Do you want to surf the Web on your TV?
Google TV is one of several platforms (including Apple TV that we reviewed last week) that brings the Internet into your living room, letting you browse online while simultaneously playing live TV.
There are several ways to get Google TV. You can buy a Sony flat-screen TV or else a Sony Blu-ray disc player with the capability built in. the third option, which we’ll look at here, is the Logitech Revue set-top box.
At $300, the Logitech Revue is the least expensive way to get the Google TV platform. and unlike the $100 Apple TV, the Revue provides the full Web experience on your TV. For $149 extra you can get a Logitech Web Cam that lets you use the Revue device to make video phone calls.
The basic Revue device — which comes with a 10-by-7-by-1-inch-deep black plastic control box and very light 13-by-5-inch wireless keyboard — is easy to set up with clear on-screen directions. Be sure to have the model numbers of your TV and DVR, or digital video recorder, before you start the setup. also have a spare outlet on your power strip for the Revue.
To use the Revue, you’ll need to have an HDMI high-definition connection on your TV, which connects to the back of the device. another HDMI cord connects to your cable box
DVR. Finally, you need to plug in an Ethernet cable directly from your cable modem or else use the wireless network you have set up in your home.
After setup, I started by using the keyboard to operate my TV, using dedicated keys for such things as adjusting volume, bringing up menus and controlling my DVR.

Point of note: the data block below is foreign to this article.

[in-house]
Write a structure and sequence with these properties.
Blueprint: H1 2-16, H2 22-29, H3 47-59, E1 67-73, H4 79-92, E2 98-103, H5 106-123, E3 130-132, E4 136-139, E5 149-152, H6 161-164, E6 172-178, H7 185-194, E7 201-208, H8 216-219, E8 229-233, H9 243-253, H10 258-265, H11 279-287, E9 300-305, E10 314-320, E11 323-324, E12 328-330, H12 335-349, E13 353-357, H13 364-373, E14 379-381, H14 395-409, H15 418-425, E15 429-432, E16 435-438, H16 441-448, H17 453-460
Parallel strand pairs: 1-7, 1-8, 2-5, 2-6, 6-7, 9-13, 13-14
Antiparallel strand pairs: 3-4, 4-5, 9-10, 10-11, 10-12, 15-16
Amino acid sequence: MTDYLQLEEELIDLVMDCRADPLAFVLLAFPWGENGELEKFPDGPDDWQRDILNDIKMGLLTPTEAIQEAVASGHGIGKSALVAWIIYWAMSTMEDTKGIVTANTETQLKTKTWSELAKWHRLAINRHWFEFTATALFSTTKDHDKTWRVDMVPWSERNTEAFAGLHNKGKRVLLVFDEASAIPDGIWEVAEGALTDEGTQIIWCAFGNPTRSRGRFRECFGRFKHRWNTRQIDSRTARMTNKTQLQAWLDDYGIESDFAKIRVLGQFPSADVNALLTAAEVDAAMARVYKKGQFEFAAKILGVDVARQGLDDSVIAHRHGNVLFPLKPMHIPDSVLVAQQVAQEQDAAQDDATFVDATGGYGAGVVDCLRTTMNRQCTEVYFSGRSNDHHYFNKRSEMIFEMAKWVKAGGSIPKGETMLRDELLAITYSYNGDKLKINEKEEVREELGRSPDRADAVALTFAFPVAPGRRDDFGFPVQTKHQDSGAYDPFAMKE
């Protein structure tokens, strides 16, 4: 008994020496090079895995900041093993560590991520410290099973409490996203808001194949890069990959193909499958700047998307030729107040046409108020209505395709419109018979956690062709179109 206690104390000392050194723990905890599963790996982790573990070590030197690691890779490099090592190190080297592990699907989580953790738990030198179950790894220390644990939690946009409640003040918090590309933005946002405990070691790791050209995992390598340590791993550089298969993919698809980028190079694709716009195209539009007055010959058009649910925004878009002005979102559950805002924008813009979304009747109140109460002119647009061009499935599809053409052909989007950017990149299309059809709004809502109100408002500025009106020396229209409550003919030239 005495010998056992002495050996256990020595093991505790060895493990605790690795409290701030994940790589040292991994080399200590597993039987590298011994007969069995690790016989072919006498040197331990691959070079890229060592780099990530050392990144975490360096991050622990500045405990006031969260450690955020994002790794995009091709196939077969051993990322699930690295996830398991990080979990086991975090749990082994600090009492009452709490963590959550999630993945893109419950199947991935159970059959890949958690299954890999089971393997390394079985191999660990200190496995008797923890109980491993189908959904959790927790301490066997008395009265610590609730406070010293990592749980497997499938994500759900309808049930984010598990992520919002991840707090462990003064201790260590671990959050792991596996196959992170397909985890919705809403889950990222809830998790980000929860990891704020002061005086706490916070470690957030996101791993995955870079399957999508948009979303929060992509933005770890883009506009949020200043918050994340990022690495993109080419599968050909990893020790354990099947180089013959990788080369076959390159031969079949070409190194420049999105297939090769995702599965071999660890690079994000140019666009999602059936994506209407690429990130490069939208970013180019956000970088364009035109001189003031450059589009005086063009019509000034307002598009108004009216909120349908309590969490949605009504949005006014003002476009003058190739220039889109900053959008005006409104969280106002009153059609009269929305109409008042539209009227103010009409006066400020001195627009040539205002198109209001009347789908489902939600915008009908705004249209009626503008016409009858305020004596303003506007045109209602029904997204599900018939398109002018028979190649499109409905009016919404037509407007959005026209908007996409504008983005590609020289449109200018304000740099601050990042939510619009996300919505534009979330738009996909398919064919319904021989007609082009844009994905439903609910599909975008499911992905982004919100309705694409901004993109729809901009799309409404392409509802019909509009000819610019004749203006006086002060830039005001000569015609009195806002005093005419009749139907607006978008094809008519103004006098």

The Revue’s keyboard also features a dedicated search button. Hit this and you can search the name of a channel rather than scrolling through dozens of channels. I typed in “Food Network” and at the top of the results was a direct link to the live TV channel with a description of the show that was playing. Along with the TV channel comes results for the Food Network Web site. the Revue keyboard has a navigation panel and a touchscreen that you use to move your cursor around the TV screen. a dedicated mouse key “left-clicks” the pointer and brought up directions on how to make a Pasta Carbonara I saw on “Diners, Drive-Ins and Dives.”
While watching the Jets-Steelers playoff game, I was able to catch up on every detail of the match-up on the Web, while gleefully watching the demise of the Jets at the same time.
This can be done with the dedicated “dual view” key that lets you minimize the live TV screen into a movable window, while you can surf the Web on the rest of the screen. It’s way cool and by far the best feature of the Revue.
The home screen on Google TV’s Web page gives you quick access to built-in apps such as Netflix, Amazon video-on-demand, YouTube, Pandora, Napster and Twitter. You can also easily bookmark sites.
Unfortunately, Web surfing with the Revue is rather slow and clunky compared to doing it on a computer. Loading sites took a lot longer than I’m used to with high-speed Internet, and delays occurred with the Revue whether I used an Ethernet cable or my wireless home network.
With the Revue, you can also easily search the Netflix catalog and queue up films and TV shows, which streamed through my TV without a hitch. I also tried a few video-on-demand offerings from Amazon.com that also streamed great on my TV.
Paid content is convenient to get on the Revue, but you cannot watch free episodes of many network shows. most of the TV networks, as well as Hulu, are blocking access to Google TV because of piracy concerns. But there’s included apps that let you search and watch anything on BBC America or while away the hours watching YouTube.
I have to mention one other niggling concern. using the Revue reduced the amount of real estate and lowered the resolution on my 46-inch flat-screen TV.